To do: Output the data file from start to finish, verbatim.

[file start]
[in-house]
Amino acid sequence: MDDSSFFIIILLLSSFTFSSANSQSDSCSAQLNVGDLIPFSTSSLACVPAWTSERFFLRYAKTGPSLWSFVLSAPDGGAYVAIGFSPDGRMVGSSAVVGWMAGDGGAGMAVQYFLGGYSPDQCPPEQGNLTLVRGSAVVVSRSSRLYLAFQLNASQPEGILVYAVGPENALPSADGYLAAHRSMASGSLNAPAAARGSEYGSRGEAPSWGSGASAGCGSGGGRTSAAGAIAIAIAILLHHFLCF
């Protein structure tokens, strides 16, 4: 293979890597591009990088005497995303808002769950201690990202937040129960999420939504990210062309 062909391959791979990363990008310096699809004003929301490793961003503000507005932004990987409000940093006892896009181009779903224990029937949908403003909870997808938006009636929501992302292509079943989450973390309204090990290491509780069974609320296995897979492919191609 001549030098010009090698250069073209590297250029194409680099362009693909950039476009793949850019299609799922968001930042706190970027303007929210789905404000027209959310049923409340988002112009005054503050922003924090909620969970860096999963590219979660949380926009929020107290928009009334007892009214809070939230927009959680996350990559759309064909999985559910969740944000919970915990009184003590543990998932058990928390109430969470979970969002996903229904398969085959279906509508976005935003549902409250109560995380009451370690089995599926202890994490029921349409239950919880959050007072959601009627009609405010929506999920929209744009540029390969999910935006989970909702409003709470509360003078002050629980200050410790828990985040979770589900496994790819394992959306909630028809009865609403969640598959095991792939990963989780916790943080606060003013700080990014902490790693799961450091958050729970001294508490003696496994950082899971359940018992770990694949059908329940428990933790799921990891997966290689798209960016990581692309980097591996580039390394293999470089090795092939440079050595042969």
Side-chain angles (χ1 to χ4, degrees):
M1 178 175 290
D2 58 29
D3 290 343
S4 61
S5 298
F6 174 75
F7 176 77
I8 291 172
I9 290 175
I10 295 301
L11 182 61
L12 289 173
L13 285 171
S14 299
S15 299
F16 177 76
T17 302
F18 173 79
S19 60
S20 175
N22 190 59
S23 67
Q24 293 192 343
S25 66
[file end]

[in-house]
Amino acid sequence: MDDSSFFIIILLLSSFTFSSANSQSDSCSAQLNVGDLIPFSTSSLACVPAWTSERFFLRYAKTGPSLWSFVLSAPDGGAYVAIGFSPDGRMVGSSAVVGWMAGDGGAGMAVQYFLGGYSPDQCPPEQGNLTLVRGSAVVVSRSSRLYLAFQLNASQPEGILVYAVGPENALPSADGYLAAHRSMASGSLNAPAAARGSEYGSRGEAPSWGSGASAGCGSGGGRTSAAGAIAIAIAILLHHFLCF
């Protein structure tokens, strides 16, 4: 293979890597591009990088005497995303808002769950201690990202937040129960999420939504990210062309 062909391959791979990363990008310096699809004003929301490793961003503000507005932004990987409000940093006892896009181009779903224990029937949908403003909870997808938006009636929501992302292509079943989450973390309204090990290491509780069974609320296995897979492919191609 001549030098010009090698250069073209590297250029194409680099362009693909950039476009793949850019299609799922968001930042706190970027303007929210789905404000027209959310049923409340988002112009005054503050922003924090909620969970860096999963590219979660949380926009929020107290928009009334007892009214809070939230927009959680996350990559759309064909999985559910969740944000919970915990009184003590543990998932058990928390109430969470979970969002996903229904398969085959279906509508976005935003549902409250109560995380009451370690089995599926202890994490029921349409239950919880959050007072959601009627009609405010929506999920929209744009540029390969999910935006989970909702409003709470509360003078002050629980200050410790828990985040979770589900496994790819394992959306909630028809009865609403969640598959095991792939990963989780916790943080606060003013700080990014902490790693799961450091958050729970001294508490003696496994950082899971359940018992770990694949059908329940428990933790799921990891997966290689798209960016990581692309980097591996580039390394293999470089090795092939440079050595042969």
Side-chain angles (χ1 to χ4, degrees):
M1 178 175 290
D2 58 29
D3 290 343
S4 61
S5 298
F6 174 75
F7 176 77
I8 291 172
I9 290 175
I10 295 301
L11 182 61
L12 289 173
L13 285 171
S14 299
S15 299
F16 177 76
T17 302
F18 173 79
S19 60
S20 175
N22 190 59
S23 67
Q24 293 192 343
S25 66